At that moment, I’d been trying to stay out of the way in my parents’ tiny little mobile home, but I almost choked on my bagel. He was just so matter-of-fact about the whole thing. But the social worker wasn’t so surprised. She pulled out a blurry “price list,” that looked like it had been copied about a hundred times.
 
Monday, June 8, 2009

Coal Consequences

Features Anne Stanton Coal Consequences:
Will electric bills in rural areas double?

By Anne Stanton 6/8/09

A proposed coal-fired power plant in Rogers City would at least double the electric bill of 33,000 co-op members living in rural Northwest Michigan, and that’s without any new regulations or taxes, asserted an energy activist opposed to its construction.
Tom Karas will introduce a resolution at Cherryland Electric Cooperative’s annual membership meeting this Wednesday that asks co-op leadership to deliver an estimate of how much the proposed Rogers City plant will cost and its impact on customer bills.
 
Monday, June 1, 2009

Goodbye to Bob

Dining Anne Stanton Good-Bye to Bob
Anne Stanton 6/1/09

Ten years ago, a wonderful thing happened to Oryana Natural Food Co-op, a spacious natural foods store tucked in the heart of Traverse City. Bob Struthers took over, and the struggling co-op began to flourish and eventually achieve double digit sales growth year after year.
But now Bob and his wife, Kim, have decided to move to northeastern New Mexico. Bob will start a new career in this remote corner of New Mexico as an independent consultant for food co-ops. Kim, who worked as a biologist at the Sleeping Bear National Lakeshore will start a new job as Natural Resource Manager at the Capulin Volcano National Monument.
We couldn’t let Bob go without an exit interview, although it was by phone from his new home, where he’s moving in the furniture.
 
Monday, June 1, 2009

Watch me... a kleptomaniac‘s plea to stop stealing

Features Anne Stanton Watch me... a kleptomaniac‘s plea to stop stealing
Anne Stanton 6/1/09


I was over at the Traverse City courthouse a couple of months ago, and noticed a blonde middle age woman walking with an awkward gait, relying on a cane. Her blond hair was swept away from her smooth forehead, upon which something was written in a red marker. I couldn’t read the words and caught up with her to ask what they said.
Her name was Donna Hamblin, and she talked in a loud and friendly voice that didn’t have much inflection. She wasn’t surprised by my question—people often asked her the same thing.
She told me she had a problem with stealing. So she had decided to take a drastic measure and write, “watch me” on her forehead. That way when she walked into a store, the clerk would take notice of her, ask her what the words said, and then make sure she didn’t steal anything.
Hamblin, 56, explained she has been diagnosed as a kleptomaniac, which is defined as the failure to resist the impulse to steal or hoard things. She said she’s attracted to anything shiny, and she particularly is fond of stealing items for her grandkids.
 
Monday, May 25, 2009

Bill Hosner‘s Baristas

Art Anne Stanton Bill Hosner‘s Baristas
Anne Stanton 5/25/09

Artist captures coffee house servers and their stories





When Bill Hosner first stopped in at the Roast & Toast coffee shop in Petoskey for his daily cup of brew, he was a little taken aback by the kids behind the counter. Earrings in nostrils, hair color not found in nature, and tattoos where you ought not to be looking.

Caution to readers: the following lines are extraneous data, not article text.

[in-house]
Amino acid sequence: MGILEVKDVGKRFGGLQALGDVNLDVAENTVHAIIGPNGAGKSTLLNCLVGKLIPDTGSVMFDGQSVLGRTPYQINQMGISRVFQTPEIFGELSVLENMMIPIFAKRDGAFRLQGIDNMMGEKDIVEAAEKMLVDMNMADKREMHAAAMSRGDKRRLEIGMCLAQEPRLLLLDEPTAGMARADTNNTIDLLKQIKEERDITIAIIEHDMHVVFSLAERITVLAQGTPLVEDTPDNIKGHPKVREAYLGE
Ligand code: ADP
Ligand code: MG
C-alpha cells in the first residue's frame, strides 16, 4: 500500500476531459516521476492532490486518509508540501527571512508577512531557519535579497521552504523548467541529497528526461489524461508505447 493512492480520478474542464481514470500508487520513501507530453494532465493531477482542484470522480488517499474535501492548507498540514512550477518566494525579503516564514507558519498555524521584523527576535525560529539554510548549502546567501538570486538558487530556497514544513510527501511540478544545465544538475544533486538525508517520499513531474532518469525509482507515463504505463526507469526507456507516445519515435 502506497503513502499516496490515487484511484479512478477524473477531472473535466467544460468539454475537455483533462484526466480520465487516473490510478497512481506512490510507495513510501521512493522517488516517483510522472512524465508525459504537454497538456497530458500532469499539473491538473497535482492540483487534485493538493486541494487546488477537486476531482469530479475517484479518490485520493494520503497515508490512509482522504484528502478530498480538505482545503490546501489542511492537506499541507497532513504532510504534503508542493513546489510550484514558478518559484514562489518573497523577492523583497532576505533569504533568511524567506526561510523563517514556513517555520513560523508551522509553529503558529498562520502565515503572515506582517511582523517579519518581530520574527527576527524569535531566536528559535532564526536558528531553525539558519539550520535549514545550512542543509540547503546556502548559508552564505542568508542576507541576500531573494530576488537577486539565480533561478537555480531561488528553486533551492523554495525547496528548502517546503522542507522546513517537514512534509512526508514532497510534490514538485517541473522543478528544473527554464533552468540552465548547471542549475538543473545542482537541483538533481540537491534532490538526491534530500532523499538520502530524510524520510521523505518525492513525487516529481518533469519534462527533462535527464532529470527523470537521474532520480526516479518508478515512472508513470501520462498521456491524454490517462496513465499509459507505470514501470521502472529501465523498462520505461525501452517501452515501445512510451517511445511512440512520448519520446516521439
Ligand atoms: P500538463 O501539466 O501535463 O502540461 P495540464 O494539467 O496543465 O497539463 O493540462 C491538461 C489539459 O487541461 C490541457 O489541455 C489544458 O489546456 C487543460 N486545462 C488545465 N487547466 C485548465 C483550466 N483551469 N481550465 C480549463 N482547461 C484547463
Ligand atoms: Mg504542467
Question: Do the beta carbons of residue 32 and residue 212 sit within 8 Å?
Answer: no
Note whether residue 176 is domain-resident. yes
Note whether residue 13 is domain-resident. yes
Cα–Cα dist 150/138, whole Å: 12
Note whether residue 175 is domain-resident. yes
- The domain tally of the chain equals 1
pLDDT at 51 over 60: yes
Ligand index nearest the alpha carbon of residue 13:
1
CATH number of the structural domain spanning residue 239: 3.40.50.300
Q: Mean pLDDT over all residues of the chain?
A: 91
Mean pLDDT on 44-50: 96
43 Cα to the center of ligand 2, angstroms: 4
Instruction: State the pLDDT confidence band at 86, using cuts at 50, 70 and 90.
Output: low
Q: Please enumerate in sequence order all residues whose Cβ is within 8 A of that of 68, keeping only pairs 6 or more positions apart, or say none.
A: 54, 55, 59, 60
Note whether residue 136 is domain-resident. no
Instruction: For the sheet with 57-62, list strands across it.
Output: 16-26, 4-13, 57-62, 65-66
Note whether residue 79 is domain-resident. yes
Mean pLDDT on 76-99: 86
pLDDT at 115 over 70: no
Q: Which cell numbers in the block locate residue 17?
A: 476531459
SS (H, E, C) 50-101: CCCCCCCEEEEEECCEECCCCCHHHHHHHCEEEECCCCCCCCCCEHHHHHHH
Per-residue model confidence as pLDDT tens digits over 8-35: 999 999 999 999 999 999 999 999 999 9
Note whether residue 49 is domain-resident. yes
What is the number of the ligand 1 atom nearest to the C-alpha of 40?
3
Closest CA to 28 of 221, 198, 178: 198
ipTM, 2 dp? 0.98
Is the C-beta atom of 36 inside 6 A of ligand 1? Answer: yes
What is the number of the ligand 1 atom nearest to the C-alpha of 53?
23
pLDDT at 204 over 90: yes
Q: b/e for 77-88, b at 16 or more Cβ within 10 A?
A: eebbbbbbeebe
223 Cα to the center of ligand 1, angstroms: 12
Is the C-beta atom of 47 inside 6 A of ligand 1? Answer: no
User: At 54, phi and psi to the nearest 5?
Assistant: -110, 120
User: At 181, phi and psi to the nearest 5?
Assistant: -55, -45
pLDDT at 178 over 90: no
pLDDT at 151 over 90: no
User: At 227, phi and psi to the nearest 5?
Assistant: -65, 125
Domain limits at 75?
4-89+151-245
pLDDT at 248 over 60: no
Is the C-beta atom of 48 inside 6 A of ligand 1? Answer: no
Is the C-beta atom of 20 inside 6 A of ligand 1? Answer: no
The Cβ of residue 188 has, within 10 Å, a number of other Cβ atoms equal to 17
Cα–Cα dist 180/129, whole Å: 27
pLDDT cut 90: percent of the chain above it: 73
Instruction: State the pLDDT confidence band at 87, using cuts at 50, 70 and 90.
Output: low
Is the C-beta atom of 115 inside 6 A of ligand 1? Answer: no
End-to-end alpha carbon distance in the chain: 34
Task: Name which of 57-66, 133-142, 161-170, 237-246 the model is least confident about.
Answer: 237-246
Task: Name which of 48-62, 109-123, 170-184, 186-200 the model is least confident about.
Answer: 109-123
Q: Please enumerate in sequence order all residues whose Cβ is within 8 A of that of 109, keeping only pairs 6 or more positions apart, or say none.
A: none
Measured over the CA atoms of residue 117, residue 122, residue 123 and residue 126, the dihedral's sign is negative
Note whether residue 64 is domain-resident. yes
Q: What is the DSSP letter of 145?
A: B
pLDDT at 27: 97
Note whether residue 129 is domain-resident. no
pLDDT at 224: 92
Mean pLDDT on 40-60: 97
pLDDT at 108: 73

“As I looked at them, I thought what a lot of people might think. I rushed to judgment and thought these are a motley crew. And as I got to know them over the three years I lived in Petoskey, I realized they were just the way I was when I was that age. They were trying to find their way into life. Some were married, some had children, they were trying to build families. They were really great kids, people trying to fit into this world.”
Hosner, a renowned pastel painter, is known for his landscapes and romantic portraits of women strolling on the beach, reminiscent of Joaquin Sorrola, a 19th Century artist he admires.
But he wanted these kids to also have their story told, so he decided to bring his easel into the coffee shop and paint spontaneous portraits of each “coffee house kid.”
Hosner proposed his plan to the Roast & Toast coffee shop owner, and she thought it was a great idea. The workers themselves weren’t quite as enthusiastic, but signed on after they saw the first portraits.
“It was one of those things; as an artist, you have to make a painting, get it out of your system, and you can’t rest until you do,” Hosner said.
These aren’t his usual paintings that take several days, yet they still succeed in capturing the essence and energy of the person. Hosner finished his 14 paintings of the Petoskey kids last summer. Now he has taken his easel to Another Cuppa Joe and Higher Grounds at Traverse City’s Building 50.
Ultimately, he’d like to display the entire collection of 24 portraits at a local museum.
 
Monday, May 18, 2009

Enough is enough/ credit card reform

Features Anne Stanton Enough is enough/ credit card reform
Anne Stanton 5/18/09
Carrie Jones of Traverse City is the proud owner of a nearly perfect credit score, having never been late on a credit card payment and almost always paying off the balance each month.
Yet she received a notice a few months ago from CitiBank that the interest rate on her credit card would zoom from 9.9 percent to 16 percent. She was given the choice to close the account—one she’s had for 12 years—keeping the lower interest rate until the balance was paid off. Or she could do nothing and keep the card at nearly double the interest. At first—in disbelief—she did nothing. But with the interest hike looming, she reluctantly closed the account. That action may temporarily ding her otherwise perfect credit score.
 
Monday, May 4, 2009

Dance Therapy

Features Anne Stanton Dance Therapy
Anne Stanton 5/4/09

Partner dancing. Fun, but come on. Does it really change lives?
When you talk to a group of students and their college dance instructor, Mykl (pronounced Michael) who goes by one name, the answer is an overwhelming “ohmygodyes!” Their enthusiasm is so great about Mykl’s unique style of partner dancing—an intimate style of ballroom dancing, which looks very graceful and altogether normal—they believe that it can become a movement. That it has the potential to spread like a virus (a good virus) throughout the world, and awake the weary worker bees who have lost their joy of living due to the hum drum struggle of survival.
In fact, they are making a feature movie about this dance style and are calling it Be Here Now.